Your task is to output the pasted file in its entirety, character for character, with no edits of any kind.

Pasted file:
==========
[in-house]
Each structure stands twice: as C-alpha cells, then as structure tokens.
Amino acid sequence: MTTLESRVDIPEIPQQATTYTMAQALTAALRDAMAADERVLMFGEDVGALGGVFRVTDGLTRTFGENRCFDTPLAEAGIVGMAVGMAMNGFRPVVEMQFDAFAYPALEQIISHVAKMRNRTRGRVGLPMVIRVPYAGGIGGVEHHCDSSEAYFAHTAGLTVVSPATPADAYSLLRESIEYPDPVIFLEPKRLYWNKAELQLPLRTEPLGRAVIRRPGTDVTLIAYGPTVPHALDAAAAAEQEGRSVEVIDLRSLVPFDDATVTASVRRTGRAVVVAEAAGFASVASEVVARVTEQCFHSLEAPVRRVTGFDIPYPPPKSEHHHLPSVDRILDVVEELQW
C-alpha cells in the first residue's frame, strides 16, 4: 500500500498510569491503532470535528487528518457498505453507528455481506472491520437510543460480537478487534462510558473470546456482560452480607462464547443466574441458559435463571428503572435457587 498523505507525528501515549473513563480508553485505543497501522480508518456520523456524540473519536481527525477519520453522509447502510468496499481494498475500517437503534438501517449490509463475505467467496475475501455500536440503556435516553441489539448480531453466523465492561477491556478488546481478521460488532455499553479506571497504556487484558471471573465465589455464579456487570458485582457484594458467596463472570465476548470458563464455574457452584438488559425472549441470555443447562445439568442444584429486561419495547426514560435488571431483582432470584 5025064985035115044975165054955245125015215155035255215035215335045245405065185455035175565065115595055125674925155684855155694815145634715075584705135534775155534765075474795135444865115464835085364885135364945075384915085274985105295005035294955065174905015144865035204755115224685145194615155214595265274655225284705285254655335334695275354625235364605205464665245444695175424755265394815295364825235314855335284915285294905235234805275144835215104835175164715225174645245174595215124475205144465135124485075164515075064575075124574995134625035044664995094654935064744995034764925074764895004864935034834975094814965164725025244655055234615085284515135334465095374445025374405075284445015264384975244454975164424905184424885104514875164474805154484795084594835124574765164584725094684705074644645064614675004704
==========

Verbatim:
[in-house]
Each structure stands twice: as C-alpha cells, then as structure tokens.
Amino acid sequence: MTTLESRVDIPEIPQQATTYTMAQALTAALRDAMAADERVLMFGEDVGALGGVFRVTDGLTRTFGENRCFDTPLAEAGIVGMAVGMAMNGFRPVVEMQFDAFAYPALEQIISHVAKMRNRTRGRVGLPMVIRVPYAGGIGGVEHHCDSSEAYFAHTAGLTVVSPATPADAYSLLRESIEYPDPVIFLEPKRLYWNKAELQLPLRTEPLGRAVIRRPGTDVTLIAYGPTVPHALDAAAAAEQEGRSVEVIDLRSLVPFDDATVTASVRRTGRAVVVAEAAGFASVASEVVARVTEQCFHSLEAPVRRVTGFDIPYPPPKSEHHHLPSVDRILDVVEELQW
C-alpha cells in the first residue's frame, strides 16, 4: 500500500498510569491503532470535528487528518457498505453507528455481506472491520437510543460480537478487534462510558473470546456482560452480607462464547443466574441458559435463571428503572435457587 498523505507525528501515549473513563480508553485505543497501522480508518456520523456524540473519536481527525477519520453522509447502510468496499481494498475500517437503534438501517449490509463475505467467496475475501455500536440503556435516553441489539448480531453466523465492561477491556478488546481478521460488532455499553479506571497504556487484558471471573465465589455464579456487570458485582457484594458467596463472570465476548470458563464455574457452584438488559425472549441470555443447562445439568442444584429486561419495547426514560435488571431483582432470584 5025064985035115044975165054955245125015215155035255215035215335045245405065185455035175565065115595055125674925155684855155694815145634715075584705135534775155534765075474795135444865115464835085364885135364945075384915085274985105295005035294955065174905015144865035204755115224685145194615155214595265274655225284705285254655335334695275354625235364605205464665245444695175424755265394815295364825235314855335284915285294905235234805275144835215104835175164715225174645245174595215124475205144465135124485075164515075064575075124574995134625035044664995094654935064744995034764925074764895004864935034834975094814965164725025244655055234615085284515135334465095374445025374405075284445015264384975244454975164424905184424885104514875164474805154484795084594835124574765164584725094684705074644645064614675004704